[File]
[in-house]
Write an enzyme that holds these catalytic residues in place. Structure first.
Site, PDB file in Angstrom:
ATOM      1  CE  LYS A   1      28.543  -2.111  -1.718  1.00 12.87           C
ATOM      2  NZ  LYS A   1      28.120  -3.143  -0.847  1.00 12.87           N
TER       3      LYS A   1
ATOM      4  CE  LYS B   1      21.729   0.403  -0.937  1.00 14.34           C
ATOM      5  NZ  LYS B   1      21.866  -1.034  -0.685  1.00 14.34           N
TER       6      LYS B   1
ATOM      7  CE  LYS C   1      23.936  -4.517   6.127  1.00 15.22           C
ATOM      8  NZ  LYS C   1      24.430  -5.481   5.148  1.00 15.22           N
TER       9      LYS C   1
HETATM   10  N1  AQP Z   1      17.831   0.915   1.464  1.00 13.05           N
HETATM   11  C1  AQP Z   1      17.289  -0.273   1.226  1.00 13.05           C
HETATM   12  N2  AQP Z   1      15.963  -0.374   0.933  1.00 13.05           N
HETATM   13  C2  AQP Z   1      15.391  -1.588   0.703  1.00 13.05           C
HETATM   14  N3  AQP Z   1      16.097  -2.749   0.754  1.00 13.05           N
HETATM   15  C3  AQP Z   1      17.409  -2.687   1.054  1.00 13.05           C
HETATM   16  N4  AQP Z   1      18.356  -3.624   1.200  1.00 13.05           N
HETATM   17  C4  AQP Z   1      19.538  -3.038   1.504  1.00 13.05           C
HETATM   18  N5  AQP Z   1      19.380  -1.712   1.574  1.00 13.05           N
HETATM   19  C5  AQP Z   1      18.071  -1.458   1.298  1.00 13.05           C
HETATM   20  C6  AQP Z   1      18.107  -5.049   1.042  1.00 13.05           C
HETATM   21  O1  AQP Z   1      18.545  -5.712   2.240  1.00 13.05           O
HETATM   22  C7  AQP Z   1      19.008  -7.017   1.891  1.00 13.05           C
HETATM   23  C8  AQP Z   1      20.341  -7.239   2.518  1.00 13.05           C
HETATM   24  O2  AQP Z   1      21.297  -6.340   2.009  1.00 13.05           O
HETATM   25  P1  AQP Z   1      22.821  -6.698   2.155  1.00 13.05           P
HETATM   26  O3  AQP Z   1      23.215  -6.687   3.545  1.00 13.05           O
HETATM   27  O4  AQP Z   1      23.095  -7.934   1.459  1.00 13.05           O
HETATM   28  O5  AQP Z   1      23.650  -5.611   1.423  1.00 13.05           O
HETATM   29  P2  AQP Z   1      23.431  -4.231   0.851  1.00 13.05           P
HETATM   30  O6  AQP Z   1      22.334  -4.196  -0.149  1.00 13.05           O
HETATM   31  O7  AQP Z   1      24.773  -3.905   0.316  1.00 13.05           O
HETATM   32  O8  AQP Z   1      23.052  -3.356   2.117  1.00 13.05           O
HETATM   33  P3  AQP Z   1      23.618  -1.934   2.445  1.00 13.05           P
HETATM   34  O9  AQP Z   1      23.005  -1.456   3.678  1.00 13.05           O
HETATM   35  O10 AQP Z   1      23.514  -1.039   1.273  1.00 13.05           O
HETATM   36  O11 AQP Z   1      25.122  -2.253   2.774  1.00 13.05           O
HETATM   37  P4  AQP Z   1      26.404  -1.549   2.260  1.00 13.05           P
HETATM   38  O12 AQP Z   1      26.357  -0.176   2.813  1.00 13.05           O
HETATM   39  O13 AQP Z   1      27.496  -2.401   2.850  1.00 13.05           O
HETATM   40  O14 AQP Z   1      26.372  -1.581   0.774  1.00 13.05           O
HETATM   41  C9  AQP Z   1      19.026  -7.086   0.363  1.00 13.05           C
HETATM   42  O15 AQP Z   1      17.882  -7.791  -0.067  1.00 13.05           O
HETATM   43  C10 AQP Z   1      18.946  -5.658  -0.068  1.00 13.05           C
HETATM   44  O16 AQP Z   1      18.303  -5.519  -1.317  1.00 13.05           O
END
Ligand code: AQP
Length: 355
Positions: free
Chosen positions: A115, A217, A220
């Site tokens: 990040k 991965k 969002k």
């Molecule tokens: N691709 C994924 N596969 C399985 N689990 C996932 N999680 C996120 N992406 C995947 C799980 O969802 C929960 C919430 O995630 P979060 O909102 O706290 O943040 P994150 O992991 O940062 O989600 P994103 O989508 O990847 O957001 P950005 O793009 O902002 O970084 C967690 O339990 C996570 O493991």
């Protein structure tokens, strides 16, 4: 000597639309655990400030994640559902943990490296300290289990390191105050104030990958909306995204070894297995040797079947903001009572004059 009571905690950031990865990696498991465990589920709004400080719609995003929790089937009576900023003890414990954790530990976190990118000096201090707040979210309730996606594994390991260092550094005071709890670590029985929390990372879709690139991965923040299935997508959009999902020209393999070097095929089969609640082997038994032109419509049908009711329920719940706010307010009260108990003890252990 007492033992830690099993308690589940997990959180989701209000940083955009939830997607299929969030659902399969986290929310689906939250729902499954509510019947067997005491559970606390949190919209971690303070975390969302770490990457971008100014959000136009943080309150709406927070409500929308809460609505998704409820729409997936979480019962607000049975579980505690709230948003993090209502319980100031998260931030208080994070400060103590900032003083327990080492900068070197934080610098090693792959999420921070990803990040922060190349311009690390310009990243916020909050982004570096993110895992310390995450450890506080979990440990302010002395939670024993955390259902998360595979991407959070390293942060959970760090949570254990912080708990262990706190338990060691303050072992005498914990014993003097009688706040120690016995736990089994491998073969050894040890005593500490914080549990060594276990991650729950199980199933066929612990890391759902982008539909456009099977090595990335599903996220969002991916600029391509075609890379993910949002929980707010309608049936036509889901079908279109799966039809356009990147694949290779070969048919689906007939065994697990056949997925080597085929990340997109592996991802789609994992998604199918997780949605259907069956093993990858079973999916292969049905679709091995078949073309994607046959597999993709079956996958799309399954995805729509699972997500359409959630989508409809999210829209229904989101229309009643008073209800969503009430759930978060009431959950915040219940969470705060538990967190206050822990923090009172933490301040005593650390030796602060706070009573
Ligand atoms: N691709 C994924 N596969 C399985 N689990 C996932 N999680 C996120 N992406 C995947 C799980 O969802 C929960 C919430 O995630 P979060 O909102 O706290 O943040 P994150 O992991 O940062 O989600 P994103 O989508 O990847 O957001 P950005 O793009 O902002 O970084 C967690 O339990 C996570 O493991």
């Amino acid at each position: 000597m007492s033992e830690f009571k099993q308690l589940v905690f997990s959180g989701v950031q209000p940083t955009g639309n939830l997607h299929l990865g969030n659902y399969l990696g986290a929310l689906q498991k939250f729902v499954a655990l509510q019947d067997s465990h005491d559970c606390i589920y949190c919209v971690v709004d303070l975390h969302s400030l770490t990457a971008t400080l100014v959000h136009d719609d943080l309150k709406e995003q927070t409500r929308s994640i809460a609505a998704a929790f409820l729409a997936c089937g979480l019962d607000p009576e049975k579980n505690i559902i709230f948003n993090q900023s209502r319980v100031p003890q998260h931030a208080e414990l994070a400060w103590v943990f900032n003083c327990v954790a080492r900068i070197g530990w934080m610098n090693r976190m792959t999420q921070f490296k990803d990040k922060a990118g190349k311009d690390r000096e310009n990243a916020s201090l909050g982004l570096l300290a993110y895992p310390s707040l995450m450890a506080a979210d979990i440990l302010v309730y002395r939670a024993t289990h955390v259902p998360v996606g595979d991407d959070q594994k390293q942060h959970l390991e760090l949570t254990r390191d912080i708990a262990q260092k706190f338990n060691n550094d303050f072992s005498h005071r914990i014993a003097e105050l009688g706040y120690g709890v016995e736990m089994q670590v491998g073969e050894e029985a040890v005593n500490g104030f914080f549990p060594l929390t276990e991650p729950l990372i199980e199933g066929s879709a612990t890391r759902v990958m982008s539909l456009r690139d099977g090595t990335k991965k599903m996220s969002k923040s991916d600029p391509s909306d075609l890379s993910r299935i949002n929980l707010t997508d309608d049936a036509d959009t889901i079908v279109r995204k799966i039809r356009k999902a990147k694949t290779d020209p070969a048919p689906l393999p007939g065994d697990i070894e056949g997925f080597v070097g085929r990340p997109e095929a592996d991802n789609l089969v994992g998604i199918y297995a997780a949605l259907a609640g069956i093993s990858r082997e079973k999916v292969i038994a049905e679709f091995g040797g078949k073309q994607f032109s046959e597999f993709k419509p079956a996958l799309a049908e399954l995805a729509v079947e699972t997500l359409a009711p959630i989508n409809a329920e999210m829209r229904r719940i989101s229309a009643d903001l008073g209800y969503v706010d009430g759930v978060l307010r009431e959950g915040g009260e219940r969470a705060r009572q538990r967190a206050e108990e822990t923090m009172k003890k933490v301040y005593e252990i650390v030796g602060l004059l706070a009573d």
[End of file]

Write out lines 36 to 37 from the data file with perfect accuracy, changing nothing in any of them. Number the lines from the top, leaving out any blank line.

HETATM   33  P3  AQP Z   1      23.618  -1.934   2.445  1.00 13.05           P
HETATM   34  O9  AQP Z   1      23.005  -1.456   3.678  1.00 13.05           O